The illustration world is pretty cut-throat, and competitive, going it alone can be a hard nut to crack. I am always trying to figure out if I need to be able to draw every single thing in 50 thousand ways in a million different mediums, or focus on one recognisable style. Especially in light of the fact that many advertising agencies offer a multitude of different illustration styles, where the freelance illustrator may offer only a few, so really, are you selling your name (along with your art), rather than just a nice illustration? And how do you put a price on your name (a whole other kettle of fish)?

Besides trying to eke out a living from drawing, if you are freelancing plenty of your precious minutes will be spent continually answering emails with quivering hearts, promoting your illustrations, and making new contacts. Doodling from our hammocks may be a long way off. Illustration although particularly rewarding is not easy, and I can spend hours and hours perfecting a single page.

Pricing illustration is a continual debate, at the same time fascinating and frustrating. In my quest to discover more, I have read countless blog posts on the subject, plenty of tables with prices for double spreads and spot illustrations that made my eyes square, and I am still somewhat confused!

Here are a number of resources for you to help you define your pricing structures, and I would love to hear about any freelancing dilemmas you may have encountered. Here’s to shedding light on the secret world of making illustration pay the bills, so we can all quit our “real lives” and live on oceans of ink in our paper boats!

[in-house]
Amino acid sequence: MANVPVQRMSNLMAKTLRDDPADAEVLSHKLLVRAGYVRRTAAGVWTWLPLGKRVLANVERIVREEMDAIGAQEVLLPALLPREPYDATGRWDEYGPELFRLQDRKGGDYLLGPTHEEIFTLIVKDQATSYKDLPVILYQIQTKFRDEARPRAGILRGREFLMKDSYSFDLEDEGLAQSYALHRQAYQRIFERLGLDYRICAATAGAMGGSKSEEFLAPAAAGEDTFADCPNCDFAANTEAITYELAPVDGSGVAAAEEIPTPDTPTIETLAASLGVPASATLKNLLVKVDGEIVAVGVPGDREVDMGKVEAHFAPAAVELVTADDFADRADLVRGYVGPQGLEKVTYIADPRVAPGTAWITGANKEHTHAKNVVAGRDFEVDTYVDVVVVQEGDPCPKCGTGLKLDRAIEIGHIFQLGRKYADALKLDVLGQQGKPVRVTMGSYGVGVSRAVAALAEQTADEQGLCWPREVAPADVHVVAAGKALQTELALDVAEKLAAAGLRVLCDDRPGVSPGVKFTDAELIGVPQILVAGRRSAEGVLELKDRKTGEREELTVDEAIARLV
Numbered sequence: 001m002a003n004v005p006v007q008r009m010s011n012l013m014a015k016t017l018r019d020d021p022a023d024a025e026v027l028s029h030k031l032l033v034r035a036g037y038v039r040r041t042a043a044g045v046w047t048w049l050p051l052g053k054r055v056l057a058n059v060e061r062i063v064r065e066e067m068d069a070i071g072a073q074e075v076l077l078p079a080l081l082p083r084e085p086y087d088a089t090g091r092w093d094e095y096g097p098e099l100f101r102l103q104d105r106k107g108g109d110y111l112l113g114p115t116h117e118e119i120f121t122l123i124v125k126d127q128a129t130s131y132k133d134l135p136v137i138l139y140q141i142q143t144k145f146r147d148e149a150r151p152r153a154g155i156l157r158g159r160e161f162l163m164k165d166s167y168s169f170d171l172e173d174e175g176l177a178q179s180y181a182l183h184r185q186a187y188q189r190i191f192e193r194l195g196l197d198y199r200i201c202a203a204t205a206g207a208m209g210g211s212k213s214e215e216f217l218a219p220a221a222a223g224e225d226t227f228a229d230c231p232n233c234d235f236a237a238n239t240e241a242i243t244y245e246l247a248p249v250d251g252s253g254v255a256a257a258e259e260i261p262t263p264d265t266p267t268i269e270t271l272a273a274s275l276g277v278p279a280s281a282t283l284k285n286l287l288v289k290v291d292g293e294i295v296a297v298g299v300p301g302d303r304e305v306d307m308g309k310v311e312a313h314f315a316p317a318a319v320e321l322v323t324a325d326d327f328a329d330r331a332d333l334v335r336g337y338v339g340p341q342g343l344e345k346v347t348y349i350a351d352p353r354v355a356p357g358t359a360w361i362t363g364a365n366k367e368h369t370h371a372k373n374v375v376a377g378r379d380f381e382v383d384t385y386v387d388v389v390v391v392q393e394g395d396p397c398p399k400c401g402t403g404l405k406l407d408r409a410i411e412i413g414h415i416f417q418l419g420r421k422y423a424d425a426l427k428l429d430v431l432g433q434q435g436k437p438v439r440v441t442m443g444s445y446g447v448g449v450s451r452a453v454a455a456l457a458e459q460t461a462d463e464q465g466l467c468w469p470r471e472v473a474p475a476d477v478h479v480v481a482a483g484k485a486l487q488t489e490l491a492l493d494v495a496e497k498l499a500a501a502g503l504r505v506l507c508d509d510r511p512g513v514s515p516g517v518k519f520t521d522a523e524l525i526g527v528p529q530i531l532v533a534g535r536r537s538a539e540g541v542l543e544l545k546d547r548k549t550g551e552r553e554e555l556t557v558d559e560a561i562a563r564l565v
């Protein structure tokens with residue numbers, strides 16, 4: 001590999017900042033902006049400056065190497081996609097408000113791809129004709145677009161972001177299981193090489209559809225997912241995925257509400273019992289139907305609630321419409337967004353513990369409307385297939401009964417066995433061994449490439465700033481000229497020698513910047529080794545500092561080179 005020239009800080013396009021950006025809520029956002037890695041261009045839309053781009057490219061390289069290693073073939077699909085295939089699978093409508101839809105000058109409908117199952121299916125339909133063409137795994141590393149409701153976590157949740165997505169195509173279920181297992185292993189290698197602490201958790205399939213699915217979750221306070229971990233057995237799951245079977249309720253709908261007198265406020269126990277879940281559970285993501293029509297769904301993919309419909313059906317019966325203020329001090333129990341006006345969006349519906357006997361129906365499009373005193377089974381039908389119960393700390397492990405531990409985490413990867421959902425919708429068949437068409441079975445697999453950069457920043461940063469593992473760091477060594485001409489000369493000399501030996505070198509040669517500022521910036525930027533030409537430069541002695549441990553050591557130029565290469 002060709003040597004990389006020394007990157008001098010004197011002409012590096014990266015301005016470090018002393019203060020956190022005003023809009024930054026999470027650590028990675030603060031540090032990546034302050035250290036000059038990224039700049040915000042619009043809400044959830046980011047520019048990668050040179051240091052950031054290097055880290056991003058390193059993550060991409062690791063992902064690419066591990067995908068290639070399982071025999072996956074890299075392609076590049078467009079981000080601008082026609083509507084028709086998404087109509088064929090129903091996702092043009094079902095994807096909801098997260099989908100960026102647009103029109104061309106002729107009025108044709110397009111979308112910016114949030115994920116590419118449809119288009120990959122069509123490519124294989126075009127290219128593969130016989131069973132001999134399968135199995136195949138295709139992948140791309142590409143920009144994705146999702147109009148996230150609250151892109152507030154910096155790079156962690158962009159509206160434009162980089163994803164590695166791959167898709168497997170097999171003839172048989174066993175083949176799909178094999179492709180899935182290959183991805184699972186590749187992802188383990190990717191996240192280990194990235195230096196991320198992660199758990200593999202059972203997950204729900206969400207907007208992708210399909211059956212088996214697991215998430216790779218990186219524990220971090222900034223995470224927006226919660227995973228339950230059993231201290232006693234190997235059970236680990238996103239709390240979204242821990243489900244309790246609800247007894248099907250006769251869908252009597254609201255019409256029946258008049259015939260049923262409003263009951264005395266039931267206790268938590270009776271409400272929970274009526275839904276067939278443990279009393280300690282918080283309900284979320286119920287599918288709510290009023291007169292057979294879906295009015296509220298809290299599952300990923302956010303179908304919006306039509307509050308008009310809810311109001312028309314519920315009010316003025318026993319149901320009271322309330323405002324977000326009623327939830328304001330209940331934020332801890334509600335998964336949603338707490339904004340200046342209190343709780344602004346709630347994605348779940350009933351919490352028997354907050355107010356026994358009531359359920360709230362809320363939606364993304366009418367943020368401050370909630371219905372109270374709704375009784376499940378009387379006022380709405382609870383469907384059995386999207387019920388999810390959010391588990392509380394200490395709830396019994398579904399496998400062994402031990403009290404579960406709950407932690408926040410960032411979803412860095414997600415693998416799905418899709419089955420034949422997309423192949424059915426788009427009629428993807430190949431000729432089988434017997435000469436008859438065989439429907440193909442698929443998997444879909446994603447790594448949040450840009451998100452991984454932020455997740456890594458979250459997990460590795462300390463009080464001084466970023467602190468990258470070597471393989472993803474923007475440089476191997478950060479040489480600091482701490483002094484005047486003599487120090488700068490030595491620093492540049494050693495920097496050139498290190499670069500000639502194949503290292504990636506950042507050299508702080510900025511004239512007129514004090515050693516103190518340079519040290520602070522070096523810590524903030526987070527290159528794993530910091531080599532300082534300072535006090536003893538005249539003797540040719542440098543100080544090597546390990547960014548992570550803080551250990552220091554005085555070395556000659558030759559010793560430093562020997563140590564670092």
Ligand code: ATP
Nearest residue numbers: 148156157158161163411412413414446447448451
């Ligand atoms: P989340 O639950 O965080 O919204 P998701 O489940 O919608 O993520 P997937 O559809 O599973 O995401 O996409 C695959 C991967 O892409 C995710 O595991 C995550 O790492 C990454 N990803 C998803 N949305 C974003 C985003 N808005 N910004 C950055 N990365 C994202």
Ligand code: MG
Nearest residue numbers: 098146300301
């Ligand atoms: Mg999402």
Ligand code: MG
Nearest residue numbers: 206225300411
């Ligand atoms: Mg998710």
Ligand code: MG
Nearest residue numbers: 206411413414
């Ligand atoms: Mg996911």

The Dark art of Pricing

How much to charge for illustration
Pricing for book illustration
Pricing Guide
Start Freelancing

Another option is to become a member of an illustration guild like the Association of Illustrators. They have standard pricing guides online, however unfortunately if you are not a member these are not available to you, and often the annual member fee is out of reach for new illustrators. There are also good books available to help, but since the numbers are not standard, they would be a rough guide to say the least! Good luck!


6 thoughts on “Pricing Crisis!

  1. So interesting that you have written this blog!
    I have also been in pricing crisises lately. I did join the AOI though and I feel a lot calmer knowing that they are on our side AND know what their talking about.

  2. Thanks very much for sharing this. I often feel that I *should have* become an illustrator, but I know that the illustration industry is cut throat. I just draw for fun right now but maybe someday it will become something more and I appreciate all of the resources you’ve provided here.
    PS: I really like your blog and your illustrations!

    • Thank you!
      Sometimes drawing for fun is the better option. You are less stressed out about bills, and your illustration can be more of a help in terms of it being a relaxing activity rather than making you frustrated with your talents.

      I think its good to strike a balance. :)

  3. THANK YOU for writing this article and sharing the links. Wading through the illustration industry sometimes is like swimming in molasses laced with explosives, and posts like this and the ones you linked to offer little islands of happiness.